This study discovered the potential of poultry manure as a good alternative to mineral fertilizer for the growth of white yam. Its benefits include a comparable fresh tuber and dry matter yield, a better nutrient balance and a possibility of improved residual N effect. This study will help the researchers and growers to improve the declining yield of yam through better management of tropical soils which have been rendered infertile as a result of continuous cropping and use of mineral fertilizer. Thus, a new theory on poultry manure as a possible replacement for mineral fertilizer may be arrived at.

REFERENCES

1:  Mbah, E.U. and I.A. Ikoro, 2019. Evaluation of three ware-yam cultivars under rain-fed conditions in hot humid tropics, Umudike, Nigeria. Asian J. Biol. Sci., 12: 96-100.
CrossRef  |  Direct Link  |  

2:  Agbede, T.M., A.O. Adekiya and J.S. Ogeh, 2013. Effects of organic fertilizers on yam productivity and some soil properties of a nutrient-depleted tropical Alfisol. Arch. Agron. Soil Sci., 59: 803-822.
CrossRef  |  Direct Link  |  

3:  Odjugo, P.A.O., 2008. The effect of tillage systems and mulching on soil microclimate, growth and yield of yellow yam (Dioscorea cayenensis) in Midwestern Nigeria. Afr. J. Biotechnol., 7: 4500-4507.
Direct Link  |  

4:  Agbede, T.M. and A.O. Adekiya, 2012. Effects of poultry manure on soil fertility, leaf nutrient composition, growth and yield of white yam and yellow yam. Univ. Khartoum J. Agric. Sci., 20: 286-303.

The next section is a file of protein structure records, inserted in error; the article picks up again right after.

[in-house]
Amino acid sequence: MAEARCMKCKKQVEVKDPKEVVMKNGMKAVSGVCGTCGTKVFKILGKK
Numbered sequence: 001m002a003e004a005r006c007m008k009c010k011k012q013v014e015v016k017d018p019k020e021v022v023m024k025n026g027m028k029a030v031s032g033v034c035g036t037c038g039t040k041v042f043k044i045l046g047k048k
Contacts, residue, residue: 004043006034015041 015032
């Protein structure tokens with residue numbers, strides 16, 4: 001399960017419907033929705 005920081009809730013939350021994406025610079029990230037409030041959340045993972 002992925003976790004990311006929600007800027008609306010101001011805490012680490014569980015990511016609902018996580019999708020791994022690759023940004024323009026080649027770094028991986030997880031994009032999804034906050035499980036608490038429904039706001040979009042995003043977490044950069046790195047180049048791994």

5:  Agbede, T.M., 2006. Effects of tillage on soil properties and yam yield on an Alfisol in southern Nigeria. Soil Tillage Res., 86: 1-8.
CrossRef  |  

6:  FAOSTAT., 2012. Data base of Food and Agriculture Organization. Food and Agriculture Organization, Rome, Italy.

7:  Nwaoguala, N.C. and K.E. Law-Ogbomo, 2018. Comparative effect of poultry and swine manures on the performance of white guinea yam (Dioscorea rotundata Poir) in an ultisols environment. Not. Sci. Biol., 10: 516-521.
CrossRef  |  Direct Link  |  

8:  Ajayi, S.S., E.A. Akinrinde and R. Asiedu, 2006. Fertilizer treatment effects on yam (Dioscorea species) tuber yield in two soil types of Nigeria. J. Agron., 5: 492-496.
CrossRef  |  Direct Link  |  

9:  Law-Ogbomo, K.E. and S.U. Remison, 2008. Growth and yield of white guinea yam (Dioscorea rotundata Poir.) influenced by NPK fertilization on a forest site in Nigeria. J. Trop. Agric., 46: 21-24.

10:  Okojie, O.M., M.A. Osajiele and I.O. Osemwota, 2019. Poultry manure and NPK (15 15 15) fertilizer application and their residual effect on white yam (Dioscorea rotundata Poir) storage in the forest derived savanna ecological zones of Edo State, Nigeria. Canadian J. Agric. Crops, 4: 26-32.
CrossRef  |  Direct Link  |  

11:  Okojie, O.M., G.O. Okodugha and P.I. Itaman, 2019. Poultry manure and NPK 15 15 15 fertilizer and their residual effect on yield of white yam (Dioscorea rotundata) and on soil chemical properties of the forest derived savanna zone of edo state Nigeria. Inter. J. Res. Agric. For., 6: 13-20.
Direct Link  |  

12:  Ayoola, O.T., 2006. Effects of fertilizer treatments on soil chemical properties and crop yields in a cassava-based cropping system. J. Applied Sci. Res., 2: 1112-1116.
Direct Link  |  

13:  Oladipo, F.O., O. Bolarin, B.M. Matanmi, O.W. Kareem and R.O. Ogunmola, 2009. Utilization of organomineral fertilizer among farmers in Afikpo local government area, Oyo State of Nigeria. PAT, 5: 14-21.